The European Union is edging toward finalizing a list of countries whose citizens will be allowed to enter Europe again in coming days, with Americans almost certain to be excluded in the short term due to the number of U.S. coronavirus cases.
Spain’s foreign minister said that the list could contain 15 countries that are not EU members and whose citizens would be allowed to visit from July 1. EU diplomats confirmed that the list would be made public on Tuesday. The diplomats spoke on condition of anonymity because the procedure is ongoing and politically very sensitive.
EU envoys in Brussels worked over the weekend to narrow down the exact criteria for countries to be included, mostly centered on their ability to manage the spread of the disease. Importantly, the countries are also expected to drop any travel restrictions they have imposed on European citizens.
The number of confirmed cases in the United States has surged over the past week, and President Donald Trump also suspended the entry of all people from Europe’s ID check-free travel zone in a decree in March, making it highly unlikely that U.S. citizens would qualify.
Infection rates in Brazil, Russia and India are high, too, and their nationals are also unlikely to make the cut.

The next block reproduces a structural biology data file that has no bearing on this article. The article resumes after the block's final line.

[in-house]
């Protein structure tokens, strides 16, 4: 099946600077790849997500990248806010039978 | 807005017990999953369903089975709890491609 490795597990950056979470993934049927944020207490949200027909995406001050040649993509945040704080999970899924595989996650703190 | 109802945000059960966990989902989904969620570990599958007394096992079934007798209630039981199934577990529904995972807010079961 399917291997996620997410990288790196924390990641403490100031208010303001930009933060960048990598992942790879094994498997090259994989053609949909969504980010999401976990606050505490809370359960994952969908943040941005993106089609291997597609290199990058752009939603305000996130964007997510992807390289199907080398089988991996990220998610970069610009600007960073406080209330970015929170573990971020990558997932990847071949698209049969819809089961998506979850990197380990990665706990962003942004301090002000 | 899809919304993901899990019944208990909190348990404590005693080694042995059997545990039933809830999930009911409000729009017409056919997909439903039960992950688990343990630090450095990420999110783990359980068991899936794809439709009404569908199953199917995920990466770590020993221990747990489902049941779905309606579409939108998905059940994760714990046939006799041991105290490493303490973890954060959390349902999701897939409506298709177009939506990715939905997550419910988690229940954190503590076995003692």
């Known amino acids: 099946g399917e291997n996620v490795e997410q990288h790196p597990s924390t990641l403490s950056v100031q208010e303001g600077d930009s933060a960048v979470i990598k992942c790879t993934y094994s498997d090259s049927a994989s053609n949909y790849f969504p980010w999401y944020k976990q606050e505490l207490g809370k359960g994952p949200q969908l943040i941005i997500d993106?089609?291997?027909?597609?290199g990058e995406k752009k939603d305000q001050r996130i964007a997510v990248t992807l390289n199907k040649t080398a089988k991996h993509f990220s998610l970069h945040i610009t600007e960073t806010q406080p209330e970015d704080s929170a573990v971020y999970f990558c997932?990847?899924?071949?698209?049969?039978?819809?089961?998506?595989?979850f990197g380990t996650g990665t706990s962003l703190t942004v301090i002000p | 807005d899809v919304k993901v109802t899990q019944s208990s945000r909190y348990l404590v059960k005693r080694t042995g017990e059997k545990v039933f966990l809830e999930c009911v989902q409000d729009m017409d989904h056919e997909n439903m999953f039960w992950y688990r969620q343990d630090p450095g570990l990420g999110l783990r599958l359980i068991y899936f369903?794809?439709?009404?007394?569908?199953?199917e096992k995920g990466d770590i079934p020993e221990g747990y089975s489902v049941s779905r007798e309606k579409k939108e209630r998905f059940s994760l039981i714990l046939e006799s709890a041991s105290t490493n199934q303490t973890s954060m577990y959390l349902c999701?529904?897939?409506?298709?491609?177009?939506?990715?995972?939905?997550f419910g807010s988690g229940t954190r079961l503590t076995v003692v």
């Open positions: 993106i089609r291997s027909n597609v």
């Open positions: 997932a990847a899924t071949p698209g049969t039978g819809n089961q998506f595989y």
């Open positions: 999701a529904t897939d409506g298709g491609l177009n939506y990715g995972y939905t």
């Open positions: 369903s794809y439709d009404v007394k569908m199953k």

Spanish Foreign Minister Arancha González Laya said the EU is considering whether to accept travelers from China if Beijing lifts restrictions on European citizens. Morocco is another possibility, although its government doesn’t plan to open borders until July 10.
She said she wasn’t aware of pressure from the United States for the EU to reopen travel to its nationals, adding that countries have been chosen according to their coronavirus statistics — whether similar or not to that in the EU — trends of contagion and how reliable their data is.
“This is not an exercise to be nice or unfriendly to other countries, this is an exercise of self-responsibility,” she told Spain’s Cadena SER radio on Monday.
The safe country list would be reviewed every 14 days, with new countries being added and some possibly dropping off, depending on how the spread of the disease is being managed. Non-EU nationals already in the bloc wouldn’t be affected.
More than 15 million Americans are estimated to travel to Europe annually, and any delay would be a further blow to virus-ravaged economies and tourism sectors on both sides of the Atlantic. Around 10 million Europeans are thought to cross the Atlantic for vacations and business each year.
The 27 EU nations and four other countries that are part of Europe’s “Schengen area” — a 26-nation bloc where goods and people move freely without document checks — appear on track to reopen borders between each other from Wednesday.
Once that happens and the green light is given, restrictions on nonessential travel to Europe from the outside world, which were imposed in March to halt new virus cases from entering, would gradually be lifted.
Brussels fears that opening up to countries outside in an ad hoc way could lead to the reintroduction of border controls between nations inside the Schengen area, threatening once again Europe’s cherished principle of free movement, which allows people and goods to cross borders without checks.
Aritz Parra in Madrid contributed to this report.